Feds Probe 2009-'11 Volkswagen Tiguan After Complaints of Loss of Exterior Lights


  • 2011 Volkswagen Tiguan Picture

    2011 Volkswagen Tiguan Picture

    The National Highway Traffic Safety Administration has opened an investigation into an estimated 61,000 2009-'11 Volkswagen Tiguans following consumer complaints about a partial or complete loss of exterior lights. | November 08, 2013

Just the Facts:
  • The National Highway Traffic Safety Administration has opened an investigation into an estimated 61,000 2009-'11 Volkswagen Tiguans following consumer complaints about a partial or complete loss of exterior lights.
  • Federal safety regulators say they have received 26 complaints about the Tiguan's exterior lights.
  • Most of the complaints report finding an overheated and melted fuse in the under-hood fuse box, NHTSA said.

WASHINGTON — The National Highway Traffic Safety Administration has opened an investigation into an estimated 61,000 2009-'11 Volkswagen Tiguans following consumer complaints about a partial or complete loss of exterior lights.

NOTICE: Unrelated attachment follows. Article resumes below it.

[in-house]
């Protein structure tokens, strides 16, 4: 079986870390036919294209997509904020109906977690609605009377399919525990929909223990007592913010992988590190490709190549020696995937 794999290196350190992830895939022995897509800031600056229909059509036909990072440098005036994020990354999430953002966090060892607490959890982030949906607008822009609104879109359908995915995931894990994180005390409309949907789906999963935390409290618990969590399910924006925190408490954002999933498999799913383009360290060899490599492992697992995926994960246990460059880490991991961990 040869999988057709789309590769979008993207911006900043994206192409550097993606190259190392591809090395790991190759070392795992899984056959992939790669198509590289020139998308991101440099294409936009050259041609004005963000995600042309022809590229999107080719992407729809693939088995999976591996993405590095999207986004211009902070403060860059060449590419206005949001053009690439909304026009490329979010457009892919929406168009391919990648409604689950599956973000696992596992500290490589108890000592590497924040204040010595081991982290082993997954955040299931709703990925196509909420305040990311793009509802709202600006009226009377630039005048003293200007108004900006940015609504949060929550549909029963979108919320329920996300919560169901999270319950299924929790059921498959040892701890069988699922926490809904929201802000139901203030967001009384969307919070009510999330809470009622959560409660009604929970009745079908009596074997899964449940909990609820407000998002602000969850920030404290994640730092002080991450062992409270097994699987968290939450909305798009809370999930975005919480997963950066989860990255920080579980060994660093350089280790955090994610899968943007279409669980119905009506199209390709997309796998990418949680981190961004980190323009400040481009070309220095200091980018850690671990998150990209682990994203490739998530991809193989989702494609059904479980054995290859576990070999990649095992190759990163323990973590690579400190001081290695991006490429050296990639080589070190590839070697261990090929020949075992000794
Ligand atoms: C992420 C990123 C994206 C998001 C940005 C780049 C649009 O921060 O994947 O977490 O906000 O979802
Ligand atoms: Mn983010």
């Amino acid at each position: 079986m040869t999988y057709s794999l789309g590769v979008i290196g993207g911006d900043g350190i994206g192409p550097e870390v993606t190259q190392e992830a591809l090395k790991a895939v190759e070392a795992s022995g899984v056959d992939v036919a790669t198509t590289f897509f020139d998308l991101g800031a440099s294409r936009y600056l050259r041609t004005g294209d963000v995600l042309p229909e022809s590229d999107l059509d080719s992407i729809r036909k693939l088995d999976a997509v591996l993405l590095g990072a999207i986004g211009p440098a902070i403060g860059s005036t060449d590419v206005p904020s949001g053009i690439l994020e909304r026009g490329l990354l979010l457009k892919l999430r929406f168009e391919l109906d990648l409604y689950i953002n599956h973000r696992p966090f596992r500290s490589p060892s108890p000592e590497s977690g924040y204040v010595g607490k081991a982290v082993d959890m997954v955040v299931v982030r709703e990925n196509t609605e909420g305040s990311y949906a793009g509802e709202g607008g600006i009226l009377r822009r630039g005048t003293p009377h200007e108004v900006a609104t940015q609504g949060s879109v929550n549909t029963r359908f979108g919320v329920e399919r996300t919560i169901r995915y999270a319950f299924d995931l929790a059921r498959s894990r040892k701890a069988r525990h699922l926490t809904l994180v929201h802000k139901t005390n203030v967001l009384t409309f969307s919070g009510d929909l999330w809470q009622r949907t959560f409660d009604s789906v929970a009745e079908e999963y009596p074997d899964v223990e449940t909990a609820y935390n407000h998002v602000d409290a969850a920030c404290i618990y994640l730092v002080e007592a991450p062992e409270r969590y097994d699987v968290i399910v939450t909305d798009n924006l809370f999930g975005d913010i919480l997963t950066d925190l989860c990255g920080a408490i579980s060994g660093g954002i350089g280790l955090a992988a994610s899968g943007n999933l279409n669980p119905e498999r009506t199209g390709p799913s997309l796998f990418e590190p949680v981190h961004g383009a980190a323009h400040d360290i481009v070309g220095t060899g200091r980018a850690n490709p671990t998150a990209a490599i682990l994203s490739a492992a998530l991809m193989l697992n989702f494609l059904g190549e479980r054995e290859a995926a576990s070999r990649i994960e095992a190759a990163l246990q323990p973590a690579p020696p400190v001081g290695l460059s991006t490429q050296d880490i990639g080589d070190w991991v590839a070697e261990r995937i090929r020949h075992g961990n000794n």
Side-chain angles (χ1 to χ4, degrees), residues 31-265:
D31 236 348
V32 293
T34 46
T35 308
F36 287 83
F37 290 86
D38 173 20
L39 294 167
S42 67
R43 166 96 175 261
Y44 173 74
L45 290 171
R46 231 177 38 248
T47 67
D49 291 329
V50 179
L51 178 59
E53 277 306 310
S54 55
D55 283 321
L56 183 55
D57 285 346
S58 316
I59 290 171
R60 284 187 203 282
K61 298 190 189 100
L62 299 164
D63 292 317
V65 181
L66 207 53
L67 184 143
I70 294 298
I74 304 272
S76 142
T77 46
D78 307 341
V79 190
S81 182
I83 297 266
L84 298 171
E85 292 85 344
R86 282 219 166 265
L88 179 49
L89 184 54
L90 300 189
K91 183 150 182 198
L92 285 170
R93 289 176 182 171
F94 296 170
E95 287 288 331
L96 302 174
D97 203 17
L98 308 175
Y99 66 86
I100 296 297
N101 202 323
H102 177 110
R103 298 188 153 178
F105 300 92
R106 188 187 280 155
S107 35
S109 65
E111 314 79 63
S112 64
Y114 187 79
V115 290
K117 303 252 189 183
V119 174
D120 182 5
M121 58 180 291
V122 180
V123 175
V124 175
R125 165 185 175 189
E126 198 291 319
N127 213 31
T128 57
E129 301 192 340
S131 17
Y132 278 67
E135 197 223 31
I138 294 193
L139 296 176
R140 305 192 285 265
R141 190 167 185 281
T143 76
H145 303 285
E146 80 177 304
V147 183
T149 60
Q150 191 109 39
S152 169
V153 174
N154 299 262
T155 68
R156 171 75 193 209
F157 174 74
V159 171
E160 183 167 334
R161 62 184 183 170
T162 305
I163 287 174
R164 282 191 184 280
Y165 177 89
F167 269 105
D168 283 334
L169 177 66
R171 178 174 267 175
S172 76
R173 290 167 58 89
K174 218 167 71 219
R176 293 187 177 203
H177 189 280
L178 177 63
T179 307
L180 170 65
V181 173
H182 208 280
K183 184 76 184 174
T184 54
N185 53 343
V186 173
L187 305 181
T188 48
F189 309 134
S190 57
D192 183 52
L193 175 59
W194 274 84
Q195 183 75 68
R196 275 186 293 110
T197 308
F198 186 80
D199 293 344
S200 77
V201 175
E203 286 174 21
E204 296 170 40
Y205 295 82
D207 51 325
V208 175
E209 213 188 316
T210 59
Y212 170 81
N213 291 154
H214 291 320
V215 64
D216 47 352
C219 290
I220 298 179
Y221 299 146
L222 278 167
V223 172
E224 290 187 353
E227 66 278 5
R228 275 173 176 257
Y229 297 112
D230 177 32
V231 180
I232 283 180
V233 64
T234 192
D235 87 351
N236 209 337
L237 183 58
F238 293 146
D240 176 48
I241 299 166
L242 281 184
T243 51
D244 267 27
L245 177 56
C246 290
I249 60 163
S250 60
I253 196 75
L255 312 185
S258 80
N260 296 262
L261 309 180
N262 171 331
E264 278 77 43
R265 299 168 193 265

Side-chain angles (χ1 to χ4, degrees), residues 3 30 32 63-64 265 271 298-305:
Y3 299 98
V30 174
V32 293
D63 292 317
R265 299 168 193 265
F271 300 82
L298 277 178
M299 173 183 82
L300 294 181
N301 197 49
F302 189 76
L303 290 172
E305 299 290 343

Federal safety regulators say they have received 26 complaints about the Tiguan's exterior lights. No injuries, crashes or fatalities have been linked to the probe.

"The reports suggest the problem worsens over time with additional exterior lighting malfunctioning as the problem progresses," said NHTSA in its summary of the investigation. "Most of the complaints report finding an overheated and melted fuse in the under-hood fuse box. The overheated 30-amp fuse protects, among other things, several exterior lighting circuits."

A preliminary evaluation into the matter has been opened by federal safety regulators. Such an action sometimes precedes a recall, but the Tiguan has not been recalled at this point.

A Volkswagen of America spokesman told Edmunds, "Volkswagen is passionately committed to building the safest vehicles available to the public. Volkswagen is aware of the new NHTSA inquiry and will fully comply with the agency on this investigation regarding the alleged concern on 2009-2011 MY VW Tiguan vehicles."

Edmunds says: There's not much that consumers can do at this point, except to wait for federal safety regulators to finish their work.

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